Hack turns teacher to explore home school hell vs the power of positive parenting
- Credit: Caroline Thain
“You know I love you and it’s not you, it’s me, right?” That’s how I started my ‘can’t cope’ email to the kids’ headteacher this morning. It might have been the third espresso by half eight.
If covering news as a journalist isn’t busy enough in a global pandemic, I have these four humans who depend on me for life.
And if preserving their lives while cases of humans who have caught this deadly virus passed the 3m mark isn’t tricky enough, we are surviving increasing demands of home educating.
I am usually working, undertaking chores and juggling any remaining marbles right about now. Suddenly I am a teacher, cleaner, pet owner, cook, homeowner, car owner and someone who used to write professionally for a living but who has used the word owner four times in one sentence - because pandemic.
Unlike the last lockdown, which was almost relaxing and exciting - not least because we experienced extremely sexy fitness instructor Joe Wicks, baked bread, watched Netflix and were merry - this time it’s more serious.
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After almost a year of this, I want to run away. I want to run away from news, which doesn’t work as a journalist. I want to run away from home, which doesn’t work in a lockdown. I want to run away from my children but apparently you can’t as a mother.
I’ve got smug dinner lady friends who ‘don’t know how I do it, working at home alone with four’. They’re doing two hours a day at school, giving them a free pass to stick their kids in that wonderful institution I used to take for granted.
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How I moaned at constant email bombardment. Now I would feel like I was going to a star-studded celebrity bash, if I could don make up, sit in a dusty hall with 200 parents and watch children singing ‘One More Step Along the World I Go’.
I might join in. I might take gin and tonic. I might wear sequins. I might even enjoy it. I can’t be certain because my frazzled mummy brain is less recognisable with every failed glitched Teams meeting, but I think I may relish sports day.
If my crush on Joe Wicks continues, I might be fit enough to get myself a pair of those pretty organic yoga leggings. I can’t guarantee my appreciation of him extends to exercise. It’s more of an aesthetic watching it under my duvet thing. Have to find joy where y’can.
I want to get involved with the virtual bring your pets to assembly but can’t help imagining it as a traumatic live hamster-mauling by the cat, sparking psychological problems for those exposed to such video nasties. The ones the council sends regular warnings about in safeguarding online emails I never have time to read.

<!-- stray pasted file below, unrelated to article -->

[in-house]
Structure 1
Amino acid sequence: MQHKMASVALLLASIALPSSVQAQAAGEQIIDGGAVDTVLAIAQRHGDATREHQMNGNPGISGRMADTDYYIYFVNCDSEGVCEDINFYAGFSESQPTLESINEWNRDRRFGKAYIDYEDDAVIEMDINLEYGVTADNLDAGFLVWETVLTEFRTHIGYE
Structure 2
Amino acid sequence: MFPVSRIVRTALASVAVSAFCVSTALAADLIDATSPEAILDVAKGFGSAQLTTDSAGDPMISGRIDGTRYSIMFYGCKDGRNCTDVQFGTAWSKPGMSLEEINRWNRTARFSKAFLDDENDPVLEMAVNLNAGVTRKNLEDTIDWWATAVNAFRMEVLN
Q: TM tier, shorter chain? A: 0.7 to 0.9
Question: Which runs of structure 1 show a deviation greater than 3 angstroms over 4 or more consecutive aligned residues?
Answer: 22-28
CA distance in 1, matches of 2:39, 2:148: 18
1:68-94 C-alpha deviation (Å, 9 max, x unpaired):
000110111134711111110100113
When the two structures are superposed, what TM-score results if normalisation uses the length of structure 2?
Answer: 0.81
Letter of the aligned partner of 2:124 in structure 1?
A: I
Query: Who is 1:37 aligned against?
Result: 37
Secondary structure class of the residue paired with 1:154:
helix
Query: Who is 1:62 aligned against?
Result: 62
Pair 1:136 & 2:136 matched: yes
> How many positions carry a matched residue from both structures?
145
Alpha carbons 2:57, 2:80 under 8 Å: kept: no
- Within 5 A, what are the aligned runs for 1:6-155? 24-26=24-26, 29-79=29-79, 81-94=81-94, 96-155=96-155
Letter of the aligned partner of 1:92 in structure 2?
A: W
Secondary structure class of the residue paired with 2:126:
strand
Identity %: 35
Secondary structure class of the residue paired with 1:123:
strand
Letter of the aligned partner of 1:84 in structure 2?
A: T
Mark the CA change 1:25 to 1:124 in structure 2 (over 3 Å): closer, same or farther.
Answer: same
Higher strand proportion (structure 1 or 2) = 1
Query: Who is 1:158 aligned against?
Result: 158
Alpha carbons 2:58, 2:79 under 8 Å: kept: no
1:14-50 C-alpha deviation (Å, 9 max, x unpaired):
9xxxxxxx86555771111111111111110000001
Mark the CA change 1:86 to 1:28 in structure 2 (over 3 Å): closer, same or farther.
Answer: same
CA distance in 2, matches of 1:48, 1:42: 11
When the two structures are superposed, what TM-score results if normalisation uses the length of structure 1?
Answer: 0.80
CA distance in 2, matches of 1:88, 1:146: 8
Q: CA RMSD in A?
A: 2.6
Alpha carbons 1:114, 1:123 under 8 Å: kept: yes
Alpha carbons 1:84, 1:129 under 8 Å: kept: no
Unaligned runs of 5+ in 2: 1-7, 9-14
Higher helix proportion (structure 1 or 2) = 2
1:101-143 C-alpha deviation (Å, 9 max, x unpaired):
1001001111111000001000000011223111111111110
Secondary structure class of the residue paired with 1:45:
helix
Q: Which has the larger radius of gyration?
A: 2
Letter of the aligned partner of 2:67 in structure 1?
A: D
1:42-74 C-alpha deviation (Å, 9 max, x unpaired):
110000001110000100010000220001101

You become a parent and your life stops. Things you can predict – nappies, tantrums and schooling are all-encompassing but not unexpected. But who the merry heck could have anticipated we would be told by the Prime Minister to stay in our houses, we can be arrested for going for a walk or being masked in public would be a social necessity let alone the norm?
One of my friends sent me a photo of his balloon modelling efforts the other day. He decided the best way to prepare his six- and 12-year-olds for a future of uncertain career chances, global economic downturn and potentially more freak deadly diseases was to teach them to turn balloons into monkeys in trees. I love that. And in these crazy times, why not?
I’m a rubbish teacher. My kids learn stuff I’m clueless about. The technology is killing me. I love them too much to correct them. If I ask my four-year-old to count to 20, he says “one, two, three, four, five, seven, 19, 20!” My slightly broken 41-year-old heart is too aware how little it matters. I love him more for getting it ‘wrong’.
I told my nine-year-old to “Just wing it then” because I can’t stress myself. Between wiping my toddler’s bottom and sending him back to his iPod, my daughter informed me she’s “got PE soon and it’s a Joe Wicks workout and if PE’s not optional at school, it shouldn’t be optional at home”.
She’s one of those studious learners who is annoyingly keener than her rebellious mum. Hats off to you, if you’re parenting one of those with the knowledge of someone whose IT skillset is limited to stalking exes on Facebook.
Shrinking under live lessons I’m supposed to teach and remember the sign ins for while stopping toddler chatter distracting the others, interviewing actual adults for my work, I wish I was anywhere else.
I am scared to take a coffee for a walk, in case I get fined £200 by an overzealous copper accusing me of a picnic. That old crime. As I write, I’ve received 273 email alerts, typing to a soundtrack of my six-year-old obsessively Teams calling his classmates. So pro’ly won’t be long before the police turn up for harassment.
If the best I can do is stay alive and keep my children alive that will be good enough. Because like all parents in this pandemic, my best is all I have. Balloon modelling, caffeine and online connecting it is until Covid does one.